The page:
The next day we packed our bags with climbing gear and food for five days and set off to
the Piritas. We found that the “clear” trail was somewhat clear when it actually decided to show up, but otherwise we were bush whacking though the thick brush and colique. When we arrived at the Piritas-Mariposa split six hours later we whipped out the machete and painfully began working our way upward. We were occasionally able to follow past signs of cut colique through the dense forest, but we were mostly just getting worked.
After around three hours we were out of water, energy, and patience and made our way down to the tumultuous river that splits the valley to sleep for the night. We found a small area of cobbles just big enough for us to squeeze our sleeping bags onto and we quickly collapsed into them. The next morning we woke up reluctantly and re-entered the jungle only to get hopelessly beat down by a bunch of plants for the next several hours. As the afternoon set in we finally emerged and were in the basin of the Piritas themselves.
We set up our tent, exhausted from the past few days. After our battle in the jungle we had our minds set that this round would simply be a gear drop. We would stay the night and return to the refugio to restock on supplies, as we didn’t quite think we had the food or energy to pull of the climb in that moment. We sat and looked up at the Piritas and said nothing for a while.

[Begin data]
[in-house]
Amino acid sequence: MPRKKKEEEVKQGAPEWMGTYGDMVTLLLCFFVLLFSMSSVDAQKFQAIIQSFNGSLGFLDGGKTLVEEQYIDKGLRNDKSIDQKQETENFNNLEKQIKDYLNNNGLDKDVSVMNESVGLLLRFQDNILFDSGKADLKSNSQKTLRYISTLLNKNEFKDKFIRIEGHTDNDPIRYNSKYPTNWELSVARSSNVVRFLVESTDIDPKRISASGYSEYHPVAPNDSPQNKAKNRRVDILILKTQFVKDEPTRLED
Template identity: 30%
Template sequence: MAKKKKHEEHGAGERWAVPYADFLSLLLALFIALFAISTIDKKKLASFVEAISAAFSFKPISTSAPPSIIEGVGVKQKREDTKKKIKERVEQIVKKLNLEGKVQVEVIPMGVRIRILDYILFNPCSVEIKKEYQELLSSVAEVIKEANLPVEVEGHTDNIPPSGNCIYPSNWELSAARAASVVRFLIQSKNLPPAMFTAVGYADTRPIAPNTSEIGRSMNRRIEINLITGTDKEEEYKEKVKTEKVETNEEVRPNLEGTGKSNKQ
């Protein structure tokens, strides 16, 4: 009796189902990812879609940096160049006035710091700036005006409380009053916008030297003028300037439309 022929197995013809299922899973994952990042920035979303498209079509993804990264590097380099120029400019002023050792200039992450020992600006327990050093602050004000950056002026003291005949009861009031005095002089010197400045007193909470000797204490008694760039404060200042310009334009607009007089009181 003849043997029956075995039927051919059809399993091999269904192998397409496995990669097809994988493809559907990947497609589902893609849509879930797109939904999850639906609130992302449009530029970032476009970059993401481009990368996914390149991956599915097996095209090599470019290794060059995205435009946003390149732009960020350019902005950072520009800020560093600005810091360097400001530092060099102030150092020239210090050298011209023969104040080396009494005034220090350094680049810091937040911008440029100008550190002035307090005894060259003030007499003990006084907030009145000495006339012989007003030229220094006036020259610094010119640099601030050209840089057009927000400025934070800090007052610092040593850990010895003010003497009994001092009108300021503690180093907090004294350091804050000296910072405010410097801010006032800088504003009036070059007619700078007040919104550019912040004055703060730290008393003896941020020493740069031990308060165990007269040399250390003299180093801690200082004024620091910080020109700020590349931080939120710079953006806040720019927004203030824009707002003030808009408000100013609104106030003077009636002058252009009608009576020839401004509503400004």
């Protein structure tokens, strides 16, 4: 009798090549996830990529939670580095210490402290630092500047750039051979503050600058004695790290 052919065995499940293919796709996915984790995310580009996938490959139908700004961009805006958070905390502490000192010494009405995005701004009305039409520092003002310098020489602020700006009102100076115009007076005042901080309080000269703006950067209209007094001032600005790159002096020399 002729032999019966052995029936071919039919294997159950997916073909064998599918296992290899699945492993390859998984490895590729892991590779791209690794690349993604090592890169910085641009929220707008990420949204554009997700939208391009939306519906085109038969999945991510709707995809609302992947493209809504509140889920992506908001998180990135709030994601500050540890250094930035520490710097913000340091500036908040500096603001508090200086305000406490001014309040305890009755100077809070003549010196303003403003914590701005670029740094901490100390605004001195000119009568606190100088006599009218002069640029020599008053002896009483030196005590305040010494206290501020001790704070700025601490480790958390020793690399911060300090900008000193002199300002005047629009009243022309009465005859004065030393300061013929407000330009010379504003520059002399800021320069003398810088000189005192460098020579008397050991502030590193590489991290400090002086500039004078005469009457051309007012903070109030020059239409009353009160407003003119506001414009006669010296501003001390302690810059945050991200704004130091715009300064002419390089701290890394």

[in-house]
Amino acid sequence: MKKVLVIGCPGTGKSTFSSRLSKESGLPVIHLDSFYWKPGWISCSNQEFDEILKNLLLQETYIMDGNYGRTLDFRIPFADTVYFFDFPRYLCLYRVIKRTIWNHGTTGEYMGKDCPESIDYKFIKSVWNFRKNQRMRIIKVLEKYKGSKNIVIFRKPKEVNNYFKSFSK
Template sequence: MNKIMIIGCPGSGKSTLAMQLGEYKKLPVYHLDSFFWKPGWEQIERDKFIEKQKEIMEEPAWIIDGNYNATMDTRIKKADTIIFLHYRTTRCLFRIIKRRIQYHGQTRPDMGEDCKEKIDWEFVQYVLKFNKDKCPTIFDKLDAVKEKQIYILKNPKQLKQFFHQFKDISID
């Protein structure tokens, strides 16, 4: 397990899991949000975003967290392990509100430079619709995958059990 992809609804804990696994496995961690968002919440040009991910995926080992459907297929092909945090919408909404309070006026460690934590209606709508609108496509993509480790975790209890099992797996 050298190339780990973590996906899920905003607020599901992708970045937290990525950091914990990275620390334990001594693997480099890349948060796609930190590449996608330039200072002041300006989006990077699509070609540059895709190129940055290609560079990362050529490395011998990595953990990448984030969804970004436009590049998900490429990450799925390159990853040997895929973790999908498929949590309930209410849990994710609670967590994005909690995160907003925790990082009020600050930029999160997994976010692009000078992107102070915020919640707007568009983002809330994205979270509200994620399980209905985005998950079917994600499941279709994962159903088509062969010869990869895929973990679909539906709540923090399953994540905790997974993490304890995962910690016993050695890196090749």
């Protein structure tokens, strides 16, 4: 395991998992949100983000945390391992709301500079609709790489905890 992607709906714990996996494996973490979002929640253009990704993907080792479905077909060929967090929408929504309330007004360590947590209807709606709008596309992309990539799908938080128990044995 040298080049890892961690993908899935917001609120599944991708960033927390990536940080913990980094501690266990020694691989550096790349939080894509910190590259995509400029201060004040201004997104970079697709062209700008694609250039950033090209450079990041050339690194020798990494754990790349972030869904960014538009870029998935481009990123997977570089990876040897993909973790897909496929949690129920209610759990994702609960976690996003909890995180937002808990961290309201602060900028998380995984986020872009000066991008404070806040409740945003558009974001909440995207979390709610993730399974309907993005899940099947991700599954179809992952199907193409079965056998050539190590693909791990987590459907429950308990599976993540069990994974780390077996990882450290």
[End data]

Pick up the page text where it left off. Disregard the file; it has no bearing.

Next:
“It’s really tempting just to go for it” I said.
“Be careful,” said Alan “because I am also really tempted to go for it, but I’m not sure I have any rational thought left”.
An hour later we had left our tent behind and headed up to the base of the technical climbing with a light bivy kit and two days of food. I sat beneath the Piritas that night trying to sleep as a million thoughts swarmed my mind. It felt hard not knowing if we were in over our heads- not knowing where the line was and if we were going to cross it.